Should I Pay Down My Mortgage?


Mortgage rates, currently at historic lows, about 5 percent, are so low that homeowners should consider whether to make extra mortgage payments to pay off their debt early. Would it be more fiscally prudent to invest those extra mortgage payments someplace with a higher return? Perhaps keeping extra cash someplace more liquid than a mortgage might be a safer approach given these economically trying times? Before answering these questions, one must first contemplate the following: How likely are you to leave the extra money in savings and how good would it feel to wipe your debt out years earlier than your mortgage requires.

First: If you have high interest rate credit cards, pay them down first. Don’t even think about making extra mortgage payments until the credit cards are paid in full.

Second: If your employer has a matching 401(k) or similar account, put your extra savings there first until you have maxed out your employer’s contribution.

Third: make sure you have an “emergency” fund set aside before making extra mortgage payments.

What is your real interest rate?
The interest rate that you are paying on your mortgage (5%) is not your real rate because you will receive some of the interest back each year in the form of a tax deduction. For example, if you have a household income of $175,000.00 and are paying 35 percent of that in total to the state and federal government in taxes and you pay $20,000.00 in mortgage interest each year, the deduction effectively brings your taxtable income down to $155,000.00. As a result, you are paying $7,500.00 (35% of $20,000.00) less in taxes than you would have without the deduction. Therefore you are not paying $20,000.00 in mortgage interest but rather $12,50000 after you subtract the $7,500.00 in savings. Your after-tax interest rate on your loan is more accurately 3.25% (35% of the 5% interest rate that you are paying).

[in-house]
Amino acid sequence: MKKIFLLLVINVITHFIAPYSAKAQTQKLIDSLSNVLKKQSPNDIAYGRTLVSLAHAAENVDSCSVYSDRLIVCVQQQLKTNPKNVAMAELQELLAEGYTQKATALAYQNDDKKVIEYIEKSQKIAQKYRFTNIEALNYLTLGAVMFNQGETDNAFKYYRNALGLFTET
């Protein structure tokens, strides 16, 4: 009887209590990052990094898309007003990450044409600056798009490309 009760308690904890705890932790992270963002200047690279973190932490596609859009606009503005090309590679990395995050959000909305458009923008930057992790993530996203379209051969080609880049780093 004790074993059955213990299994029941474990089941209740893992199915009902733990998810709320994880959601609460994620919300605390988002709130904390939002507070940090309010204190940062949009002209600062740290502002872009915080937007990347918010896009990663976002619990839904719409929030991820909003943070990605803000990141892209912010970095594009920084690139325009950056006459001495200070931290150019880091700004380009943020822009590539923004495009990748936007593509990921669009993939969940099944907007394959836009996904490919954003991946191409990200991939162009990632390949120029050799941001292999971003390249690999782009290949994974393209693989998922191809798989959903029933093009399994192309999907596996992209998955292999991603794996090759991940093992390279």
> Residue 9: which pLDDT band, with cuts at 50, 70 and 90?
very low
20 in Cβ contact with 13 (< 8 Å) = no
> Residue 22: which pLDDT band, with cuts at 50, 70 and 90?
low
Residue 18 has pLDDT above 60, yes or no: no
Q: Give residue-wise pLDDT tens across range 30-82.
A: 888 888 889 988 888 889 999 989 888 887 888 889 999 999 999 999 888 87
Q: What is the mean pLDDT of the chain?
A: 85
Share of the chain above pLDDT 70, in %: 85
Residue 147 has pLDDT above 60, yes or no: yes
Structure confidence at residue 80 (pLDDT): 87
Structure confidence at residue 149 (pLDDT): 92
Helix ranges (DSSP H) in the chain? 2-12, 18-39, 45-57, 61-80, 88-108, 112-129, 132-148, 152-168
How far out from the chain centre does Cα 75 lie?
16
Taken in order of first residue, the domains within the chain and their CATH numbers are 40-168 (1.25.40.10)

Can you get better returns?
In order to take advantage of the benefits of such a low interest rate on your home mortgage, you must find investments with a return greater than 3.25%. You must also guard against taxes chipping away at the money you are saving instead of making extra mortgage payments. Roth IRSa, 529 college savings accounts, health savings accounts and tax free municipal bonds all shield the investments from taxes.

The emotion factor.
Despite the benefits of taking the money you would use to make extra mortgage payments, the need to pay down the debt, for some, is more important than the economic benefits. Sleeping at night must come first and it is rare that a person who pays down a mortgage early has second thoughts about the gains that might have been realized had the money been invested elsewhere. Make sure, however, that if you choose to pay down the mortgage, extra payments are credited to principal. You will not lower your monthly payments but you will reduce your principal balance and the term of your loan will be shortened significantly depending upon the amount you prepay.

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